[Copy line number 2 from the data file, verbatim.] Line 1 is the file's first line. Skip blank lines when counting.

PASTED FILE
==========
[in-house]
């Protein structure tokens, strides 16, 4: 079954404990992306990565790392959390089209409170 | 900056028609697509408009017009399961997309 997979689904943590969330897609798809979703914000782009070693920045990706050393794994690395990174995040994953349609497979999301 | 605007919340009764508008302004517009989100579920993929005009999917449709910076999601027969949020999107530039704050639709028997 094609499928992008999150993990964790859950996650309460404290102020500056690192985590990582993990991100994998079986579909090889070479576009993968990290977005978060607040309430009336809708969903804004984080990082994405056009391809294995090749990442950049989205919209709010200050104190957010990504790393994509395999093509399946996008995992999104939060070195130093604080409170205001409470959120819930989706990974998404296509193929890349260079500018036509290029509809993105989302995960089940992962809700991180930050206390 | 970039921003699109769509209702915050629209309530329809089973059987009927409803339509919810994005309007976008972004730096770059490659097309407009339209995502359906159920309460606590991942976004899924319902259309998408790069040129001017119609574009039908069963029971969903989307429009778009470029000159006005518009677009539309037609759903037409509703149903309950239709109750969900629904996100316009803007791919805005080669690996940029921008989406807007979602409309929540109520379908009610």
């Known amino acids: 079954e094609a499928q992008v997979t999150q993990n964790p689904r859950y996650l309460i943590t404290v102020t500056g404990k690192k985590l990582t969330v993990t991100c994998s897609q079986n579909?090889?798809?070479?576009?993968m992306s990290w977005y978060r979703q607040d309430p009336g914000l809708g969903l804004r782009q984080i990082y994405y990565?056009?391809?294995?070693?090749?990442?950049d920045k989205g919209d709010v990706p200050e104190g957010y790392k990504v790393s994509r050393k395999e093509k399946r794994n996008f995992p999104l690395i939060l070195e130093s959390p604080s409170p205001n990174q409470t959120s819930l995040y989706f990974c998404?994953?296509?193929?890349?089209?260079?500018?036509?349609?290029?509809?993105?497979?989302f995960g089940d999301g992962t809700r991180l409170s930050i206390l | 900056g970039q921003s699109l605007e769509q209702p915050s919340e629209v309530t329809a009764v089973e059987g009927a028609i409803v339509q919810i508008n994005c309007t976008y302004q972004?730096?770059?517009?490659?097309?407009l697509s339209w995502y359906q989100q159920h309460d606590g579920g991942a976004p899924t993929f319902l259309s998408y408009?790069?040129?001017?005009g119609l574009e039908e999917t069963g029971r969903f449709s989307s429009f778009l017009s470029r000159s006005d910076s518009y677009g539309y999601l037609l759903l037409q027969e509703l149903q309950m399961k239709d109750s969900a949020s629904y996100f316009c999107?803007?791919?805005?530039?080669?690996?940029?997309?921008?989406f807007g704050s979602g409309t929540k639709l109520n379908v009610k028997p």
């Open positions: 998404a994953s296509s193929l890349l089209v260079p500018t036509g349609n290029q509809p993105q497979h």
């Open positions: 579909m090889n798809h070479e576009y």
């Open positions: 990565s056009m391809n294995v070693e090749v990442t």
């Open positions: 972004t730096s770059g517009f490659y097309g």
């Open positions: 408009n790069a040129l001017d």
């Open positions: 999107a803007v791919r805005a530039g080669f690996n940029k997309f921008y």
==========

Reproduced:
């Protein structure tokens, strides 16, 4: 079954404990992306990565790392959390089209409170 | 900056028609697509408009017009399961997309 997979689904943590969330897609798809979703914000782009070693920045990706050393794994690395990174995040994953349609497979999301 | 605007919340009764508008302004517009989100579920993929005009999917449709910076999601027969949020999107530039704050639709028997 094609499928992008999150993990964790859950996650309460404290102020500056690192985590990582993990991100994998079986579909090889070479576009993968990290977005978060607040309430009336809708969903804004984080990082994405056009391809294995090749990442950049989205919209709010200050104190957010990504790393994509395999093509399946996008995992999104939060070195130093604080409170205001409470959120819930989706990974998404296509193929890349260079500018036509290029509809993105989302995960089940992962809700991180930050206390 | 970039921003699109769509209702915050629209309530329809089973059987009927409803339509919810994005309007976008972004730096770059490659097309407009339209995502359906159920309460606590991942976004899924319902259309998408790069040129001017119609574009039908069963029971969903989307429009778009470029000159006005518009677009539309037609759903037409509703149903309950239709109750969900629904996100316009803007791919805005080669690996940029921008989406807007979602409309929540109520379908009610």